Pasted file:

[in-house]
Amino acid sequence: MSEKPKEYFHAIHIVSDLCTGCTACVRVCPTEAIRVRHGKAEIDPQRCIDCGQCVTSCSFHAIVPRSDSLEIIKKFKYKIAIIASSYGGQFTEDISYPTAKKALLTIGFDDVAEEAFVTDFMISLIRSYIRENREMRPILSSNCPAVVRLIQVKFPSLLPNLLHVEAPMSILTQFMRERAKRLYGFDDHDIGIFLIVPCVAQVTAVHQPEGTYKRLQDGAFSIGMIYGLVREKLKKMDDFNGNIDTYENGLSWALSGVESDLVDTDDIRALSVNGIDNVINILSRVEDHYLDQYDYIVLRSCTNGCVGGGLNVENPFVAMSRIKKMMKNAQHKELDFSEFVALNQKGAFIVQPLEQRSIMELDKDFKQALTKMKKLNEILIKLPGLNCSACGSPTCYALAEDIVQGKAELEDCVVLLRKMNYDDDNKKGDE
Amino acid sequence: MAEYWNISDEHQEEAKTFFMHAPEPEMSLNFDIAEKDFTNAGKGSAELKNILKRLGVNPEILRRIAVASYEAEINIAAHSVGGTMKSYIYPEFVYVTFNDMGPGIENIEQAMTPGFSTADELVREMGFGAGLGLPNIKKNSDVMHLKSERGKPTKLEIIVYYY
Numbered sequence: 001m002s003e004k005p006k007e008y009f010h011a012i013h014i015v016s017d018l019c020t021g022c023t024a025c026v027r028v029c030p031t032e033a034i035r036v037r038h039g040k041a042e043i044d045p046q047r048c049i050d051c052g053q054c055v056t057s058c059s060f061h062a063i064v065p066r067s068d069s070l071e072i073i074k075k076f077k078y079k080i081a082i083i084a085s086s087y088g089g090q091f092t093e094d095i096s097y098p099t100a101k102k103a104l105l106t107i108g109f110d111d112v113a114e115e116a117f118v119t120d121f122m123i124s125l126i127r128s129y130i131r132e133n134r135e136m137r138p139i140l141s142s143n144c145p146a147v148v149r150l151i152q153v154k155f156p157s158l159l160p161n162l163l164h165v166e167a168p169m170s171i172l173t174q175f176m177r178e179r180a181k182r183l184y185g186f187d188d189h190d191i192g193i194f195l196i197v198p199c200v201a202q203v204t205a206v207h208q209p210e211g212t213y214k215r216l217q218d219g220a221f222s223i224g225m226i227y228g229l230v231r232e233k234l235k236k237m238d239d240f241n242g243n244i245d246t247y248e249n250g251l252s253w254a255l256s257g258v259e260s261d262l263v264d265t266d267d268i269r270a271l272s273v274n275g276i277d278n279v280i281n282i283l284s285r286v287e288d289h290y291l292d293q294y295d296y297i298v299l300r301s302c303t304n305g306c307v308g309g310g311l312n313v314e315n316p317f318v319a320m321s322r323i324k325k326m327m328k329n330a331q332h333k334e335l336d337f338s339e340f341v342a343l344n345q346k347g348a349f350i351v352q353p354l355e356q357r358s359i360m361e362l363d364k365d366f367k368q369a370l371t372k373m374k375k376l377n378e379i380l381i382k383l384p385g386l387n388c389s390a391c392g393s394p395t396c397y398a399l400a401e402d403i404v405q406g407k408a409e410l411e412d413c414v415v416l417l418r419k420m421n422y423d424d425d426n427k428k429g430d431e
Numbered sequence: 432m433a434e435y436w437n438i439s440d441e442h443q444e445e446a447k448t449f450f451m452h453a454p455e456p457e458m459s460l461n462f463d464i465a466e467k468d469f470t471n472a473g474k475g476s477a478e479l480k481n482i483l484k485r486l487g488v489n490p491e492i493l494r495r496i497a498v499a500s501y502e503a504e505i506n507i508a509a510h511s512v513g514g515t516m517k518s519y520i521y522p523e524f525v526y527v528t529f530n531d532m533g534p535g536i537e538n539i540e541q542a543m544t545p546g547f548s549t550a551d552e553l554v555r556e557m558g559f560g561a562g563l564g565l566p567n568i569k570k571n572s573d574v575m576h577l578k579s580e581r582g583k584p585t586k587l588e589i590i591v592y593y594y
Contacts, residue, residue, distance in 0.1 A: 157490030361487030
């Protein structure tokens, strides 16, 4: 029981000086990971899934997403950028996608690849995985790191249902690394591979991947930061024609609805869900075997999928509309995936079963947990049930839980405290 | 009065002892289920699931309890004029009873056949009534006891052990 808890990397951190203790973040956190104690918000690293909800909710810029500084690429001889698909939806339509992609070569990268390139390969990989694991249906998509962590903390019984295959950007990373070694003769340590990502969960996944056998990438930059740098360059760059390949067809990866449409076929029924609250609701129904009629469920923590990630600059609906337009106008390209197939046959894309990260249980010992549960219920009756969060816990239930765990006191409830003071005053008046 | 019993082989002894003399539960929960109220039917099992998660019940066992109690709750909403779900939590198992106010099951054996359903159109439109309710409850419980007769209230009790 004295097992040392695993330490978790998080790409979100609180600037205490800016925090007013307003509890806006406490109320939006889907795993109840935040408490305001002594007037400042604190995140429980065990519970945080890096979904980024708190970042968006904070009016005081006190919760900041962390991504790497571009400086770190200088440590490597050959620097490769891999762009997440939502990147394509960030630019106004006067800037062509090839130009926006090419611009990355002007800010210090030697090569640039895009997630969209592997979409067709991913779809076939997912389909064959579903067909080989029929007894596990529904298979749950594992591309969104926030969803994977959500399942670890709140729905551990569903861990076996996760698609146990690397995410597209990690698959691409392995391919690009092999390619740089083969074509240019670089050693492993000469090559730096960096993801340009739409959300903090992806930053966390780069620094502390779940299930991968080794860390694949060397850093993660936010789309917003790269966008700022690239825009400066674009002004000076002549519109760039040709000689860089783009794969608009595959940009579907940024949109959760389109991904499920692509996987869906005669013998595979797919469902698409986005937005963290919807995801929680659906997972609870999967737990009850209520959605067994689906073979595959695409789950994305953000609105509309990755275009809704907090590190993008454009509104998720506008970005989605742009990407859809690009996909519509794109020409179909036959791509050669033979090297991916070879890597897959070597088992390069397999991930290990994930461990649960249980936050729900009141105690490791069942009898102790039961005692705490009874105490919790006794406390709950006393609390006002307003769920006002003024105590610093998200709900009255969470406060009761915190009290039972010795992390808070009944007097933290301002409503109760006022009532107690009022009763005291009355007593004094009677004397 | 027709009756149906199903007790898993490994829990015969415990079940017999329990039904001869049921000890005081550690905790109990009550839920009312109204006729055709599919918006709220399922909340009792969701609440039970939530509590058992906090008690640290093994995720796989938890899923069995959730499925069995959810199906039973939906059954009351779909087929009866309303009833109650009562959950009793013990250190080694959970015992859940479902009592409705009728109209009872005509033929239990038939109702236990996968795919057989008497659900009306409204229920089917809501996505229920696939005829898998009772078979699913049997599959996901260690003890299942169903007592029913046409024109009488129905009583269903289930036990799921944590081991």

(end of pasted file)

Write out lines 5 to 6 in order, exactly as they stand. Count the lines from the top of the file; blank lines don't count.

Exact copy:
Numbered sequence: 432m433a434e435y436w437n438i439s440d441e442h443q444e445e446a447k448t449f450f451m452h453a454p455e456p457e458m459s460l461n462f463d464i465a466e467k468d469f470t471n472a473g474k475g476s477a478e479l480k481n482i483l484k485r486l487g488v489n490p491e492i493l494r495r496i497a498v499a500s501y502e503a504e505i506n507i508a509a510h511s512v513g514g515t516m517k518s519y520i521y522p523e524f525v526y527v528t529f530n531d532m533g534p535g536i537e538n539i540e541q542a543m544t545p546g547f548s549t550a551d552e553l554v555r556e557m558g559f560g561a562g563l564g565l566p567n568i569k570k571n572s573d574v575m576h577l578k579s580e581r582g583k584p585t586k587l588e589i590i591v592y593y594y
Contacts, residue, residue, distance in 0.1 A: 157490030361487030